Recently, I’ve been thinking about how we need to reinvent something like The Whole Earth Catalog.
The Whole Earth Catalog is an ancient thing. Initiated by Stewart Brand in 1968 as a response to the communard movement that followed the summer of love. During the autumn and winter of 1967/1968, more than 30.000 hippies sought to make true on the idealistic promises of the 1960s counter culture, and moved back-to-the-land and into communes throughout the US southwest.
The first Whole Earth Catalog was a 64-page catalog that provided “access to tools” with which to build the new and better world envisioned by the communards. In addition to providing information on how to order material goods (mostly books), the Catalog, and to an even greater extent, the Whole Earth Supplement that subscribers would receive in-between new versions of the catalog, provided a forum where the communards could share information and reach out to one another. As Stewart Brand explains:
If [the commune dwellers] were going to go back to basics, they needed to know where the basics were. And I didn’t either. But I set a thing in motion a thing by which by purveying the stuff, and being a node of a network of people purveying it to each other… I would get to learn whatever the network was learning.
The Catalog and the supplement became looking glasses through which to peer down and see a reflection of an emerging world and, at the same time, spot doorways through which newcomers could enter that world.
Inspired by his own experiences of environmental biology and the works of Buckminster Fuller, Brand sought to develop this fledgling network into what he hoped would become a self-sustaining system. As he put it,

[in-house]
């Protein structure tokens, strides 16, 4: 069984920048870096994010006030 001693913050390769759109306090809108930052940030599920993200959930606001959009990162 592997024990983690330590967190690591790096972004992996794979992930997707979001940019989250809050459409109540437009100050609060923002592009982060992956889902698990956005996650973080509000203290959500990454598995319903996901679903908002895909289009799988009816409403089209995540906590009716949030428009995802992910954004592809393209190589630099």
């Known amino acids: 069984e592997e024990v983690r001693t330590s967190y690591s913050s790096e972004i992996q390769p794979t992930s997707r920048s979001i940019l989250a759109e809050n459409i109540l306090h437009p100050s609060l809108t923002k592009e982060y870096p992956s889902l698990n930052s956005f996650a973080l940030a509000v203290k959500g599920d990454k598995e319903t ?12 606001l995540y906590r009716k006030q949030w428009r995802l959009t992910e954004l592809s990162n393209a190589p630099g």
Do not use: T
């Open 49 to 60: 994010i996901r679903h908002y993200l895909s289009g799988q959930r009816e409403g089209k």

What you’re trying to do is nourish and design an organism which can learn and stay alive while it’s learning. Once that process has its stride, don’t tinker with it, let it work for you.
Indeed, the Whole Earth Catalog inspired a whole generation of communards, free-thinkers, activists and dreamers to think of computers, cybernetics, ecology, Buckminster Fuller, geodesic domes, and lots more.
One of the key design principles of this information eco-system was juxtaposition. Brand juxtaposed radically different topics in order to help the reader to win new perspectives. As he put it,
How you get energy is, you take polarities and slap them next to one another. If you get into Cybernetics and your head is just a minute ago full of organic gardening and ecology, then cybernetics starts to come alive for you in a different way.
Little wonder that the Whole Earth Catalog inspired long-haired computer programmers as they imagined how a computer would handle and juxtapose information. As Alan Kay (the man who first envisioned the laptop computer) said, “We thought of the Whole Earth Catalog as a print version of what the Internet was going to be.”
And that is what the Internet – and especially the World Wide Web – has become. It is the ultimate information eco-system – the ultimate juxtaposition of human knowledge. Everything is just a click a way. But that also means that it is too big to know. With Google, you can find anything that you know to seek, but you rarely come across that which you did not expect to find. You tend skim along, never focusing, never allowing the energy of the juxtapositions to hit home.
I find myself lacking the carefully curated, annotated and juxtaposed mix of inspiration, ideas, and tools that the Whole Earth Catalog offered. Tools gathered with a specific purpose and audience in mind. Just like the Whole Earth Catalog was a primer for the hippies, the communards, and the computer geeks, we need a primer for young people today.
Such a primer should provide tools and inspire conversations and everyday action towards the sustainable, open, free and shared future we know we need to build.
If you know of something like that that already exists, or if you want to help make one, get in touch.
(PS: All of the quotes above are taken from Fred Turner’s excellent book “From Counter Culture to Cyberculture and the related panel discussion at Stanford University)